Because the meta-analysis focused on attraction in general, these findings, taken alone, cannot offer an answer to our big question. To do so, romantic attraction and social attraction had to be statistically separated. Examining those results, Montoya et al. (2018) “failed to identify a main effect for attraction type” (p. 692). In other words, the strength of association between attraction and the verbal and nonverbal behaviors was the same whether it was romantic interest (i.e., flirting) or social attraction (i.e., friendly). Thus, any claim of there being a “tell-tale sign” that someone is really into you is probably false. Laughing, smiling, nodding, and eye contact are the best signs of attraction, but they are not sufficient to distinguish friendly from flirting.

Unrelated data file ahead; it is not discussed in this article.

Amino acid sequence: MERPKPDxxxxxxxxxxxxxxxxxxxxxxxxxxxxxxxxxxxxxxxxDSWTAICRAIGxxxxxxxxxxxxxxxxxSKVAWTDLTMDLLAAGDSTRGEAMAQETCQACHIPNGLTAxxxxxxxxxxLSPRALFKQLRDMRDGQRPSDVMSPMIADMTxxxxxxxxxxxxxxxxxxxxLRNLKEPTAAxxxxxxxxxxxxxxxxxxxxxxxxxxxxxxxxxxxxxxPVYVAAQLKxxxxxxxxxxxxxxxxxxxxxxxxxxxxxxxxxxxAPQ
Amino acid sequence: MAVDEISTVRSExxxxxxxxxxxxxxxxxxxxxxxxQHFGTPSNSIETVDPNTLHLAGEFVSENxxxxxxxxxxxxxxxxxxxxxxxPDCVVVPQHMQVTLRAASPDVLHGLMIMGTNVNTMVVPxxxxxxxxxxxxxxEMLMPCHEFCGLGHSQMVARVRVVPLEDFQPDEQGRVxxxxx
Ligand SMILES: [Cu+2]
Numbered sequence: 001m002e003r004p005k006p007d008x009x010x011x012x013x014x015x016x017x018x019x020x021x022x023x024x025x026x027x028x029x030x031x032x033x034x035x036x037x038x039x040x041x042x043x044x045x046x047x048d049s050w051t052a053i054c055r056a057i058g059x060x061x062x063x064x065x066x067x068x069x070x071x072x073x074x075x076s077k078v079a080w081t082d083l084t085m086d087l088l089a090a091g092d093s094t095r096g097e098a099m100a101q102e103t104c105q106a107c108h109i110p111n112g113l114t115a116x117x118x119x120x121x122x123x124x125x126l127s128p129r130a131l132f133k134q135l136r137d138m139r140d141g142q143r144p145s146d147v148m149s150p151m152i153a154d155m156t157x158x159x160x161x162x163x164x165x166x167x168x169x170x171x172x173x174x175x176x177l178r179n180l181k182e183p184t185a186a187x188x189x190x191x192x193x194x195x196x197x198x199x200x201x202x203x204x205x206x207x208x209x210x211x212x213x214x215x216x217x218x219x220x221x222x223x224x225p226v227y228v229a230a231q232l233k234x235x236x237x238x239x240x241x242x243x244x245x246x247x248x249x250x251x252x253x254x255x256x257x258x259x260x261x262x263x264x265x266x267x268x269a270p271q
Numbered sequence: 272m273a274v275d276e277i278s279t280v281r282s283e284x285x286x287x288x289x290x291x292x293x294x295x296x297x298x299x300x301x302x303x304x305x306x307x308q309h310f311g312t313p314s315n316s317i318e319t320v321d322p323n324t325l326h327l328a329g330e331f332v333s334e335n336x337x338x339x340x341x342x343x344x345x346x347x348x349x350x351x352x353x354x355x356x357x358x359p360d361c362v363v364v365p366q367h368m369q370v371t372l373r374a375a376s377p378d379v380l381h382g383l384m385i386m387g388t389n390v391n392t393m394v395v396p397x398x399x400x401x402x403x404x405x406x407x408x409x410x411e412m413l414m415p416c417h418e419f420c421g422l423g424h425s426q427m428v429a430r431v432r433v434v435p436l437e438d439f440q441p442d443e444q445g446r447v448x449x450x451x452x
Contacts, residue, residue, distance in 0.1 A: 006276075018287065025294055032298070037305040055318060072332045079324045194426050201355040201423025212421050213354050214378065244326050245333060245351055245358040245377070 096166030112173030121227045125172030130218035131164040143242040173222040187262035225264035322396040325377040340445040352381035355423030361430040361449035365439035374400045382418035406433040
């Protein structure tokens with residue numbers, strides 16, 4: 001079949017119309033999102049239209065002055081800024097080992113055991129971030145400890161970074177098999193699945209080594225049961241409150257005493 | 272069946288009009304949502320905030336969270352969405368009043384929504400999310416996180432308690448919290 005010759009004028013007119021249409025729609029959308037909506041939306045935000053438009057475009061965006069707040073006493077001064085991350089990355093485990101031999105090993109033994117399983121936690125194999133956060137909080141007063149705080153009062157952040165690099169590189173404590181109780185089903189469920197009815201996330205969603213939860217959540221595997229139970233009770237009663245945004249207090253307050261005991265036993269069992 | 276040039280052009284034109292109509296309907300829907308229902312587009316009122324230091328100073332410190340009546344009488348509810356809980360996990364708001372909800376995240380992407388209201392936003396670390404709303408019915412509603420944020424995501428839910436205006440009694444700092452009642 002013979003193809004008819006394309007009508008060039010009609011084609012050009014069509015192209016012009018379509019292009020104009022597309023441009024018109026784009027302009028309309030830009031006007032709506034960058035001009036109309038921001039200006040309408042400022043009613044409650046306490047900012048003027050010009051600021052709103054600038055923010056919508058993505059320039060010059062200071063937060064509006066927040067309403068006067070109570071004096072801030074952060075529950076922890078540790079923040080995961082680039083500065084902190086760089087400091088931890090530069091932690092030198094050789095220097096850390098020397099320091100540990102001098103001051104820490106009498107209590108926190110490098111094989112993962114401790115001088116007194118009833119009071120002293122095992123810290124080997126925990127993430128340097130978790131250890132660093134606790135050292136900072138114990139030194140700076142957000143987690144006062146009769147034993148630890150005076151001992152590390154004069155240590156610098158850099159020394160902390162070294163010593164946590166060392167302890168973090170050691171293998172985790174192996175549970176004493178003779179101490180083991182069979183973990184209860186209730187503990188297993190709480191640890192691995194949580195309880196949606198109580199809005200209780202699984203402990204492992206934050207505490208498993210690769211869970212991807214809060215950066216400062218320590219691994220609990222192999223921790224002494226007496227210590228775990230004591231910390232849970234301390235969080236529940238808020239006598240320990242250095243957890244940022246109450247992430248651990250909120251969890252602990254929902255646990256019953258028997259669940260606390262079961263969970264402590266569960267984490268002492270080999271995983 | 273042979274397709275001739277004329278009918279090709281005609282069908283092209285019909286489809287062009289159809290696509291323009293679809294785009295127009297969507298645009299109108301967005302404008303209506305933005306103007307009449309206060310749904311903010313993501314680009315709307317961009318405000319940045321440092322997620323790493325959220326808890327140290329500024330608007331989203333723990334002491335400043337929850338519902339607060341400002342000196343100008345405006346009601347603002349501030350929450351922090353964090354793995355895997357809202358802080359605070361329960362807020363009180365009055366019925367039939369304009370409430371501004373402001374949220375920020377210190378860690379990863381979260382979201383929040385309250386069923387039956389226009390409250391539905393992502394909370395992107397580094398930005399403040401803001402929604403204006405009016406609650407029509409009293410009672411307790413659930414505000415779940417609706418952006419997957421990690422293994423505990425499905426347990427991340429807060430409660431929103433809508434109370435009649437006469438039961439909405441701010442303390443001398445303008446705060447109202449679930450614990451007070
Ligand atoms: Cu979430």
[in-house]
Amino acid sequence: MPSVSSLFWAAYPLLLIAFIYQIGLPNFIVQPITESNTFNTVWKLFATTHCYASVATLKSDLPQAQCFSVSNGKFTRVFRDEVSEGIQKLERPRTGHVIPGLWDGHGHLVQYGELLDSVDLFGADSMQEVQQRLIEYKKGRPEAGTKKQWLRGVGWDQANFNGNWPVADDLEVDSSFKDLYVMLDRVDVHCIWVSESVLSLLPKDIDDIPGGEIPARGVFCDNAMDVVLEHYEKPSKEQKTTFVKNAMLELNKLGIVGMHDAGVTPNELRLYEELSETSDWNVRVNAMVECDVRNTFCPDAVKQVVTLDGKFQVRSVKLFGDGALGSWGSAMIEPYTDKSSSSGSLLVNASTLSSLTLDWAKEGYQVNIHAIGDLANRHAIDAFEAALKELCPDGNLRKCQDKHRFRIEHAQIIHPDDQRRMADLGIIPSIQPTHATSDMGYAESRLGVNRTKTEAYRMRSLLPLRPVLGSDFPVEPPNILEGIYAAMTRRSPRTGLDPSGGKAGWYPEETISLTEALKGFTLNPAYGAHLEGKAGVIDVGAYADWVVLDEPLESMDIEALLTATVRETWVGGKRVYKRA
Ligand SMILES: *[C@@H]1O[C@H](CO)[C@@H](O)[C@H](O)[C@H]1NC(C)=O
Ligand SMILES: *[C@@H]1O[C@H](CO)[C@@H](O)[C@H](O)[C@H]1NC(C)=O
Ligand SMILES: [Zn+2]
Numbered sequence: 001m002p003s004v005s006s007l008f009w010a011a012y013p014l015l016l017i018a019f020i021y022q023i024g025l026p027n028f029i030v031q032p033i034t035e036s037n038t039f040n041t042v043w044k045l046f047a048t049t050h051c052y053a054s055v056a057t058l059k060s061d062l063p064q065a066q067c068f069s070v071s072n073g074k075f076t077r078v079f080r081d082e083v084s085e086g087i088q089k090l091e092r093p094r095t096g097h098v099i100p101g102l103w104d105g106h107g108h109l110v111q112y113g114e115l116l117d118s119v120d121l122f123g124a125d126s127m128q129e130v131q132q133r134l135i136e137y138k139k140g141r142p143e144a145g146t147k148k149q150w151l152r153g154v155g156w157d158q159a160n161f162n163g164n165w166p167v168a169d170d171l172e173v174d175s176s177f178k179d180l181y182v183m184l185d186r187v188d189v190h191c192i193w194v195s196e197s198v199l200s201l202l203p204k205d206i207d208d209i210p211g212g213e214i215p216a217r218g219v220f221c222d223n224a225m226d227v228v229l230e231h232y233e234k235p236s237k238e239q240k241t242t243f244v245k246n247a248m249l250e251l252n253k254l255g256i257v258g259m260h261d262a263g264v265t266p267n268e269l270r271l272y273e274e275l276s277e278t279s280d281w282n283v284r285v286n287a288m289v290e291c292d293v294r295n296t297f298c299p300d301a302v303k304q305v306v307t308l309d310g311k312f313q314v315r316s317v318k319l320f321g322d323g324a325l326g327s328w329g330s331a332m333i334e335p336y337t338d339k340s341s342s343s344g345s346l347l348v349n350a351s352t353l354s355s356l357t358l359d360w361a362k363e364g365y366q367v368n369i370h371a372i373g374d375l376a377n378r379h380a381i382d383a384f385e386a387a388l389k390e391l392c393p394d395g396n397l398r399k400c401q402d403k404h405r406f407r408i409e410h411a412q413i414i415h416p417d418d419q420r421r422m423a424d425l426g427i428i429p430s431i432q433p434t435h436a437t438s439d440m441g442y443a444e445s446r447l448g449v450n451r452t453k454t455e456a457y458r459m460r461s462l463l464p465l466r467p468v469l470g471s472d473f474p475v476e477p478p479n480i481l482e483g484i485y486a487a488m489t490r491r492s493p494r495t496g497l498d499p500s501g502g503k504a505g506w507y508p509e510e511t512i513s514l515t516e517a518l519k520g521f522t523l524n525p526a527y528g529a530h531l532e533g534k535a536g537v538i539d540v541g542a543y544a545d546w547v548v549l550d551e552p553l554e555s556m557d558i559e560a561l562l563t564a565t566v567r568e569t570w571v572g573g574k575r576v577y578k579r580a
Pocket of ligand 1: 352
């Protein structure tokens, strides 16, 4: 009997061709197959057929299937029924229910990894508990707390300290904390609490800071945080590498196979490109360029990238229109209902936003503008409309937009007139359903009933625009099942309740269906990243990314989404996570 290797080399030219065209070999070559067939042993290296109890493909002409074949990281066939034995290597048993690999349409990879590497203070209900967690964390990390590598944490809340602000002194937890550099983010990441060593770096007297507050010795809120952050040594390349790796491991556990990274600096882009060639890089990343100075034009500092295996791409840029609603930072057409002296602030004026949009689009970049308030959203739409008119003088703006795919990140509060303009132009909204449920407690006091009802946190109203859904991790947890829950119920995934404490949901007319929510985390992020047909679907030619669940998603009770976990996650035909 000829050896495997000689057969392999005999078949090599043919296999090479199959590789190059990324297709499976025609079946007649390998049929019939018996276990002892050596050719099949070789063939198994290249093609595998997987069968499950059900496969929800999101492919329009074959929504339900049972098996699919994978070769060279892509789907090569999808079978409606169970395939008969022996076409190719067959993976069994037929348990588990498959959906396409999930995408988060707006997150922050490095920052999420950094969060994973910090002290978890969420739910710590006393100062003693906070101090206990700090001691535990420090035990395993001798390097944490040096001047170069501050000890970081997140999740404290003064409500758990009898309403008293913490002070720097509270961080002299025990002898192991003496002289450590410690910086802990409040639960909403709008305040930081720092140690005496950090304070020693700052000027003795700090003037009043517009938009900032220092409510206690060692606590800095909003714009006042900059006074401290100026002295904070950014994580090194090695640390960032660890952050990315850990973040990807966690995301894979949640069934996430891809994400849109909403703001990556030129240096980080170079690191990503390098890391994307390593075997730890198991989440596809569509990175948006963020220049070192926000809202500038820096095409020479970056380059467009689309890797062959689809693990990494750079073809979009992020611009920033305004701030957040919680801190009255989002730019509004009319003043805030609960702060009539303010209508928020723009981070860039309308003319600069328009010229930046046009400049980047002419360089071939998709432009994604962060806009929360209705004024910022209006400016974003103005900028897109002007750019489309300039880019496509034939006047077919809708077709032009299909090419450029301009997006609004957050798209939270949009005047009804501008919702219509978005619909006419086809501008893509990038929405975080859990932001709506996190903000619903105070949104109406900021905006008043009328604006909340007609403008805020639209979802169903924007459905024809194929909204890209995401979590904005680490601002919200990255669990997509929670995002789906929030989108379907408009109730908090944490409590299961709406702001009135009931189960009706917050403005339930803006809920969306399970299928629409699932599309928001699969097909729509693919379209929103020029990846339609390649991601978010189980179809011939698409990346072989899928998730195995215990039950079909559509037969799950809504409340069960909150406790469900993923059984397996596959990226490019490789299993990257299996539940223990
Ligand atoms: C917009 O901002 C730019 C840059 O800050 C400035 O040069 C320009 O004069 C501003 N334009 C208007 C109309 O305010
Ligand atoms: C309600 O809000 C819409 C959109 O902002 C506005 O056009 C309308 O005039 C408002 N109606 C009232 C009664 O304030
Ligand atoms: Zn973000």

This conclusion makes a lot of sense to me. The flirting styles approach promotes the idea that there is more than one way to flirt (take the quiz). My own research (Hall & Xing, 2015) found that different flirting styles had different verbal and nonverbal behaviors associated with attraction. In other research, I found that communicative indicators of liking inform perceptions of both social and sexual attraction (Hall, 2016). And in the most pertinent study, I found that flirting was very hard to detect (Hall, Xing, & Brooks, 2015).